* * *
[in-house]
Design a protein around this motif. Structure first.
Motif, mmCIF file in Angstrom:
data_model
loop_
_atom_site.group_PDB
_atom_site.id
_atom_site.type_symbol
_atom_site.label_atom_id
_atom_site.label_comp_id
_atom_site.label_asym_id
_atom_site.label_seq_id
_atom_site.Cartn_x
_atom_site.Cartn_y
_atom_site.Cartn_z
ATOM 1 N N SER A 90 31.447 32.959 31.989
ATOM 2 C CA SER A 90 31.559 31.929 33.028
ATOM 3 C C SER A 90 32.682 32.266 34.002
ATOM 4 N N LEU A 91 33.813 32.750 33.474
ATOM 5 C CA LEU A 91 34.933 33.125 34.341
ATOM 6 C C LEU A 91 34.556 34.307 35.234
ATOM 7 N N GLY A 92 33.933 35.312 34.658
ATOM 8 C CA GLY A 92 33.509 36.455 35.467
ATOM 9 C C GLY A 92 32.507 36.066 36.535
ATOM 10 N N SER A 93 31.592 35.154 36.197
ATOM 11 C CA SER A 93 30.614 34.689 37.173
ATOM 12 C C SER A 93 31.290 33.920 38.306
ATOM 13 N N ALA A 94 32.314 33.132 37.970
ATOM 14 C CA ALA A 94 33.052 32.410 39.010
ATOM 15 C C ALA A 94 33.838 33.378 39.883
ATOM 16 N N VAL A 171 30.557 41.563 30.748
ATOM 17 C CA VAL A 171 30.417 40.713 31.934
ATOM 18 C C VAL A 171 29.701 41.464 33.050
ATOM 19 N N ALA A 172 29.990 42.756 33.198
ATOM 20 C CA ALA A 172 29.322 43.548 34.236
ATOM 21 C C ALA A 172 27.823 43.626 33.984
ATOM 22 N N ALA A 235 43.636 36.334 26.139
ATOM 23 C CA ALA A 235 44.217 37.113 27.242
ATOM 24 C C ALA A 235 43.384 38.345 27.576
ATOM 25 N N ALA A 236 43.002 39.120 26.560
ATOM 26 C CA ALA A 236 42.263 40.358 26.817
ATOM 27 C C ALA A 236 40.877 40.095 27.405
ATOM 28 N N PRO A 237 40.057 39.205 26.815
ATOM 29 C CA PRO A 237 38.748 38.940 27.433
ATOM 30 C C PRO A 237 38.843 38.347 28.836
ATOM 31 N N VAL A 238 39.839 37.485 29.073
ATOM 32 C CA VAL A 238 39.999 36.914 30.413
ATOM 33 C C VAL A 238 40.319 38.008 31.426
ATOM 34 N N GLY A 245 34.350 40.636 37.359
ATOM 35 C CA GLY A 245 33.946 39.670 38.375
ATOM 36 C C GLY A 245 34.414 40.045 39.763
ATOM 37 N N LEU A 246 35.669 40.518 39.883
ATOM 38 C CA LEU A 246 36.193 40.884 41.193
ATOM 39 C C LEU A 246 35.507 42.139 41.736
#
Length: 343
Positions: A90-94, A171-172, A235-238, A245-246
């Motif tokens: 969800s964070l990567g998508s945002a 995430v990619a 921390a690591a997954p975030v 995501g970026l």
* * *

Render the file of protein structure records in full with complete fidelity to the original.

[in-house]
Design a protein around this motif. Structure first.
Motif, mmCIF file in Angstrom:
data_model
loop_
_atom_site.group_PDB
_atom_site.id
_atom_site.type_symbol
_atom_site.label_atom_id
_atom_site.label_comp_id
_atom_site.label_asym_id
_atom_site.label_seq_id
_atom_site.Cartn_x
_atom_site.Cartn_y
_atom_site.Cartn_z
ATOM 1 N N SER A 90 31.447 32.959 31.989
ATOM 2 C CA SER A 90 31.559 31.929 33.028
ATOM 3 C C SER A 90 32.682 32.266 34.002
ATOM 4 N N LEU A 91 33.813 32.750 33.474
ATOM 5 C CA LEU A 91 34.933 33.125 34.341
ATOM 6 C C LEU A 91 34.556 34.307 35.234
ATOM 7 N N GLY A 92 33.933 35.312 34.658
ATOM 8 C CA GLY A 92 33.509 36.455 35.467
ATOM 9 C C GLY A 92 32.507 36.066 36.535
ATOM 10 N N SER A 93 31.592 35.154 36.197
ATOM 11 C CA SER A 93 30.614 34.689 37.173
ATOM 12 C C SER A 93 31.290 33.920 38.306
ATOM 13 N N ALA A 94 32.314 33.132 37.970
ATOM 14 C CA ALA A 94 33.052 32.410 39.010
ATOM 15 C C ALA A 94 33.838 33.378 39.883
ATOM 16 N N VAL A 171 30.557 41.563 30.748
ATOM 17 C CA VAL A 171 30.417 40.713 31.934
ATOM 18 C C VAL A 171 29.701 41.464 33.050
ATOM 19 N N ALA A 172 29.990 42.756 33.198
ATOM 20 C CA ALA A 172 29.322 43.548 34.236
ATOM 21 C C ALA A 172 27.823 43.626 33.984
ATOM 22 N N ALA A 235 43.636 36.334 26.139
ATOM 23 C CA ALA A 235 44.217 37.113 27.242
ATOM 24 C C ALA A 235 43.384 38.345 27.576
ATOM 25 N N ALA A 236 43.002 39.120 26.560
ATOM 26 C CA ALA A 236 42.263 40.358 26.817
ATOM 27 C C ALA A 236 40.877 40.095 27.405
ATOM 28 N N PRO A 237 40.057 39.205 26.815
ATOM 29 C CA PRO A 237 38.748 38.940 27.433
ATOM 30 C C PRO A 237 38.843 38.347 28.836
ATOM 31 N N VAL A 238 39.839 37.485 29.073
ATOM 32 C CA VAL A 238 39.999 36.914 30.413
ATOM 33 C C VAL A 238 40.319 38.008 31.426
ATOM 34 N N GLY A 245 34.350 40.636 37.359
ATOM 35 C CA GLY A 245 33.946 39.670 38.375
ATOM 36 C C GLY A 245 34.414 40.045 39.763
ATOM 37 N N LEU A 246 35.669 40.518 39.883
ATOM 38 C CA LEU A 246 36.193 40.884 41.193
ATOM 39 C C LEU A 246 35.507 42.139 41.736
#
Length: 343
Positions: A90-94, A171-172, A235-238, A245-246
């Motif tokens: 969800s964070l990567g998508s945002a 995430v990619a 921390a690591a997954p975030v 995501g970026l």